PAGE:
From a Syracuse new article (Glenn Coin / The Post-Standard):
Sitting in his hotel room in Saudi Arabia in April 1964, civil rights activist Malcolm X penned a letter on hotel stationery to his friend and co-author, Alex Haley.
Ten months later, Malcolm X was assassinated in New York City. The letter – considered by many historians to capture a watershed moment in Malcolm X’s life and philosophy, became part of “The Autobiography of Malcolm X,” which Haley co-wrote and Grove Press published in 1965. Four years later, Grove’s owner agreed to give his company’s files – including that letter — to Syracuse University, where they sit today on the sixth floor of Bird Library.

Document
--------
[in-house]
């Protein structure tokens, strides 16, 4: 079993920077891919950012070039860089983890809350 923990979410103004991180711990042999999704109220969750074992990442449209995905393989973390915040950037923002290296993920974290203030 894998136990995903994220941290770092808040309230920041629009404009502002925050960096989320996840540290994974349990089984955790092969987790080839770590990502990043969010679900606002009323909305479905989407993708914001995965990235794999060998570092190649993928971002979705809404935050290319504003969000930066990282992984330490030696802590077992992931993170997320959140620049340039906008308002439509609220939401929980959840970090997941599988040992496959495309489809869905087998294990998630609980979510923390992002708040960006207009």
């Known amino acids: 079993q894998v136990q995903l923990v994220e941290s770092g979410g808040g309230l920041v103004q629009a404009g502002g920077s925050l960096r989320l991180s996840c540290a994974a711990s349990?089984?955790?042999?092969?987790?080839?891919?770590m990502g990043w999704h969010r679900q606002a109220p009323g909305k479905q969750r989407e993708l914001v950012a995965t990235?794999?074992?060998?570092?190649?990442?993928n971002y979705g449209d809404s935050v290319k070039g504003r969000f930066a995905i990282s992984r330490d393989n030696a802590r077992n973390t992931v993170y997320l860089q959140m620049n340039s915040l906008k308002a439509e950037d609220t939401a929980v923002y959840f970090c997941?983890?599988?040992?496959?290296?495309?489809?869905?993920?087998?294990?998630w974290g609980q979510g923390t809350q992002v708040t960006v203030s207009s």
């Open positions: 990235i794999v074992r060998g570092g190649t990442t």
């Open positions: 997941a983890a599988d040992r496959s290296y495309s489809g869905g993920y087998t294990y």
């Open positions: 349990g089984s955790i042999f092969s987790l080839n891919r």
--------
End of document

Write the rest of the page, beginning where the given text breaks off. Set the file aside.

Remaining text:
Now, Haley’s son wants that letter back. A rare documents dealer working with William Haley says the letter is worth $250,000 and has demanded SU turn it over. A lawyer for William Haley says said it rightfully belongs to Haley and his two sisters.
Who’s in the right here? Was Barney Rosset, the Grove Press Representative that gave the collection to SU years ago, legally allowed to give that letter to the archives in the first place? Will SU’s legal paperwork hold up in court and maintain their sole ownership?
Read the full article here.
Still not convinced either way? I’ll try to keep an eye out on any further progress.